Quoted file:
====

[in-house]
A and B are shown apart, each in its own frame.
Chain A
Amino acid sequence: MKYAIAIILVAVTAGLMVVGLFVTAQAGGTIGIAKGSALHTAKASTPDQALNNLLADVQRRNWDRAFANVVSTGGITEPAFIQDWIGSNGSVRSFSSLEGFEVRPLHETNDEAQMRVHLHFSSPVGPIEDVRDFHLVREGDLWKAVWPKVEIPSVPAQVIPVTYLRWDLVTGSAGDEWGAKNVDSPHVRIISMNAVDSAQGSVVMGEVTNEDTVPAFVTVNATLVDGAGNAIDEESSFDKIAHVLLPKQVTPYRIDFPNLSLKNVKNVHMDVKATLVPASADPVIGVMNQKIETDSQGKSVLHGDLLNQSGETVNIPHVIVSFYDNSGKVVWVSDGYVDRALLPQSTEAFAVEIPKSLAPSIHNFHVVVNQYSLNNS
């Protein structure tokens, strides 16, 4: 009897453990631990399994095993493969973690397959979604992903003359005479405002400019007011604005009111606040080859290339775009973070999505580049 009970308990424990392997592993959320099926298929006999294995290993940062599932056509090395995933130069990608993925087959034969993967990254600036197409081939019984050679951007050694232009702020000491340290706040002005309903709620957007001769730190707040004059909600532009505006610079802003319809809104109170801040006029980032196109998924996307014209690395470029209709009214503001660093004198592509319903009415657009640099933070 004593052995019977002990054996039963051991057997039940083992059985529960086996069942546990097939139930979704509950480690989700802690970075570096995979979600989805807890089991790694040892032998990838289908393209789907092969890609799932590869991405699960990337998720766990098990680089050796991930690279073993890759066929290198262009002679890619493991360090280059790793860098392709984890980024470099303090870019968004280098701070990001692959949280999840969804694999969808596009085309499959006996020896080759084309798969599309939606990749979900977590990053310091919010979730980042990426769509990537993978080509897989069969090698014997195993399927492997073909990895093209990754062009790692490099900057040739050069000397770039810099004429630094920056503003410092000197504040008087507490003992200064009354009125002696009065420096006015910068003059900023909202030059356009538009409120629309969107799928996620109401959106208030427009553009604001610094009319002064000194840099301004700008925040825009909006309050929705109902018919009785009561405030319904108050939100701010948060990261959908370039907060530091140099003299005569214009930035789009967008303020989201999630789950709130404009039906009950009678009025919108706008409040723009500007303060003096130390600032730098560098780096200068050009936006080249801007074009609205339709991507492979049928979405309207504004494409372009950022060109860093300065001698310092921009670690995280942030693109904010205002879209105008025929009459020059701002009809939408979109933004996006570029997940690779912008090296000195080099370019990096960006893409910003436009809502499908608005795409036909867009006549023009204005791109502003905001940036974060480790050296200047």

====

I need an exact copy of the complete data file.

[in-house]
A and B are shown apart, each in its own frame.
Chain A
Amino acid sequence: MKYAIAIILVAVTAGLMVVGLFVTAQAGGTIGIAKGSALHTAKASTPDQALNNLLADVQRRNWDRAFANVVSTGGITEPAFIQDWIGSNGSVRSFSSLEGFEVRPLHETNDEAQMRVHLHFSSPVGPIEDVRDFHLVREGDLWKAVWPKVEIPSVPAQVIPVTYLRWDLVTGSAGDEWGAKNVDSPHVRIISMNAVDSAQGSVVMGEVTNEDTVPAFVTVNATLVDGAGNAIDEESSFDKIAHVLLPKQVTPYRIDFPNLSLKNVKNVHMDVKATLVPASADPVIGVMNQKIETDSQGKSVLHGDLLNQSGETVNIPHVIVSFYDNSGKVVWVSDGYVDRALLPQSTEAFAVEIPKSLAPSIHNFHVVVNQYSLNNS
């Protein structure tokens, strides 16, 4: 009897453990631990399994095993493969973690397959979604992903003359005479405002400019007011604005009111606040080859290339775009973070999505580049 009970308990424990392997592993959320099926298929006999294995290993940062599932056509090395995933130069990608993925087959034969993967990254600036197409081939019984050679951007050694232009702020000491340290706040002005309903709620957007001769730190707040004059909600532009505006610079802003319809809104109170801040006029980032196109998924996307014209690395470029209709009214503001660093004198592509319903009415657009640099933070 004593052995019977002990054996039963051991057997039940083992059985529960086996069942546990097939139930979704509950480690989700802690970075570096995979979600989805807890089991790694040892032998990838289908393209789907092969890609799932590869991405699960990337998720766990098990680089050796991930690279073993890759066929290198262009002679890619493991360090280059790793860098392709984890980024470099303090870019968004280098701070990001692959949280999840969804694999969808596009085309499959006996020896080759084309798969599309939606990749979900977590990053310091919010979730980042990426769509990537993978080509897989069969090698014997195993399927492997073909990895093209990754062009790692490099900057040739050069000397770039810099004429630094920056503003410092000197504040008087507490003992200064009354009125002696009065420096006015910068003059900023909202030059356009538009409120629309969107799928996620109401959106208030427009553009604001610094009319002064000194840099301004700008925040825009909006309050929705109902018919009785009561405030319904108050939100701010948060990261959908370039907060530091140099003299005569214009930035789009967008303020989201999630789950709130404009039906009950009678009025919108706008409040723009500007303060003096130390600032730098560098780096200068050009936006080249801007074009609205339709991507492979049928979405309207504004494409372009950022060109860093300065001698310092921009670690995280942030693109904010205002879209105008025929009459020059701002009809939408979109933004996006570029997940690779912008090296000195080099370019990096960006893409910003436009809502499908608005795409036909867009006549023009204005791109502003905001940036974060480790050296200047």